3. Library of Congress PowerPointFlickr offers access to the Library of Congress Archives. Usingthis resource, middle school social studies teachers could havetheir students create a PowerPoint presentation in which theydescribe the history and transformation of the United States.Students will not only use the pictures through Flickr, but theycan create the PowerPoint through Flickr, too. To take thisproject even further, a teacher can require other groups tocomment and provide feedback on their classmates’ projects.NJCCCS:• 6.1.8.B.3.b - Determine the extent to which the geography of the United Statesinfluenced the debate on representation in Congress and federalism byexamining the New Jersey and Virginia plans.• 6.1.8.A.5.b - Compare and contrast the approaches of Congress and Presidents Lincolnand Johnson toward the reconstruction of the South.
4. BloggingOne of the greatest features of Flickr is its blog. High schoolEnglish teachers can start a blog by posting a creative researchprompt. The students would have to make an initial commentand then reply several times to different classmates. This blogcan also be used for debates, as well. Students would pick aside and argue for or against it, trying to persuade theirclassmates to change sides and/or defend their choice. Picturescan be inserted into a blog, too!CCSS:•W.11-12.1b - Develop claim(s) and counterclaims fairly and thoroughly, supplying the mostrelevant evidence for each while pointing out the strengths and limitationsof both in a manner that anticipates the audience’s knowledge level,concerns, values, and possible biases.•W.11-12.1e - Provide a concluding statement or section that follows from and supportsthe argument presented.•W.11-12.9 - Draw evidence from literary or informational texts to support analysis,reflection, and research.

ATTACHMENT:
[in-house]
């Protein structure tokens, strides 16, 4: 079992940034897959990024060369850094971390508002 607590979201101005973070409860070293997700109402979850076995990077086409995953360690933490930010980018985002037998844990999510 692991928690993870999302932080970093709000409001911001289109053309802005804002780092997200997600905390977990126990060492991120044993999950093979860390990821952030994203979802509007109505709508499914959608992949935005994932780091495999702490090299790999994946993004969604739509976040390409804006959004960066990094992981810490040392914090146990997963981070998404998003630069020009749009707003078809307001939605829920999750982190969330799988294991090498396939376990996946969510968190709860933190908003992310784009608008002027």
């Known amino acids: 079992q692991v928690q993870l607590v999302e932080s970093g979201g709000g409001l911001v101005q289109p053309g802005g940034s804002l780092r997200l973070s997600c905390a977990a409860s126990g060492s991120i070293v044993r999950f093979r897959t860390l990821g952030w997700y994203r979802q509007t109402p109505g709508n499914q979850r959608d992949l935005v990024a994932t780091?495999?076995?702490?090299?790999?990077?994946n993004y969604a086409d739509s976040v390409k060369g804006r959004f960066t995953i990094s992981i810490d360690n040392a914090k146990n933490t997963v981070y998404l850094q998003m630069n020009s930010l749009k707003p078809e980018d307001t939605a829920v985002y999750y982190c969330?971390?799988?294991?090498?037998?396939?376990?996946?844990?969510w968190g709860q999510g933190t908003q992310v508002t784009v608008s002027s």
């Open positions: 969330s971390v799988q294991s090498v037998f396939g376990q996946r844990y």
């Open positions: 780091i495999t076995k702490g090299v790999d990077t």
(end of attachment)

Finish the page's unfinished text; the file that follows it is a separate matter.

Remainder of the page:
5. CollageOne of the most commonly used features of Flickr is the pictureediting feature. For a fun and creative health project, for anysecondary grade, when learning about nutrition, would be for thestudents to make a collage of good nutritional choices comparedto poor nutritional choices. Students can use Flickr not only tocreate and edit the actual collages, but they can explore andsearch for pictures of each food group, as well. They cancombine all of these pictures into each separate collage andtheir classmates can comment, analyze, and provide feedback.NJCCCS:• 2.1.6.B.3 - Create a daily balanced nutritional meal plan based on nutritional content,value, calories, and cost.• 2.1.8.B.1 - Analyze how culture, health status, age, and eating environment influencepersonal eating patterns and recommend ways to provide nutritionalbalance.• 2.1.12.B.3 - Analyze the unique contributions of each nutrient class (fats,carbohydrates, protein, water, vitamins, and minerals) to one’s health.
Flickr this website gives a complete summary of what Flickr is allabouthttp://www.flickr.com/about/Google Images – “Flickr” provides excellent snapshots used fordirectionsGoogle Images: FlickrRichardson, Will. (2010) Blogs, Wikis, Podcasts, and Other PowerfulWeb Tools for Classrooms. “Ch. 7 – Fun with Flickr”. 101-109.Shelly, G., Gunter, G., Gunter, R. (2011) Teachers DiscoveringComputers “Ch. 3 – Software for Educators”. 99-152.State Standards provides the NJCCCS standards for each projecthttp://www.state.nj.us/education/cccs/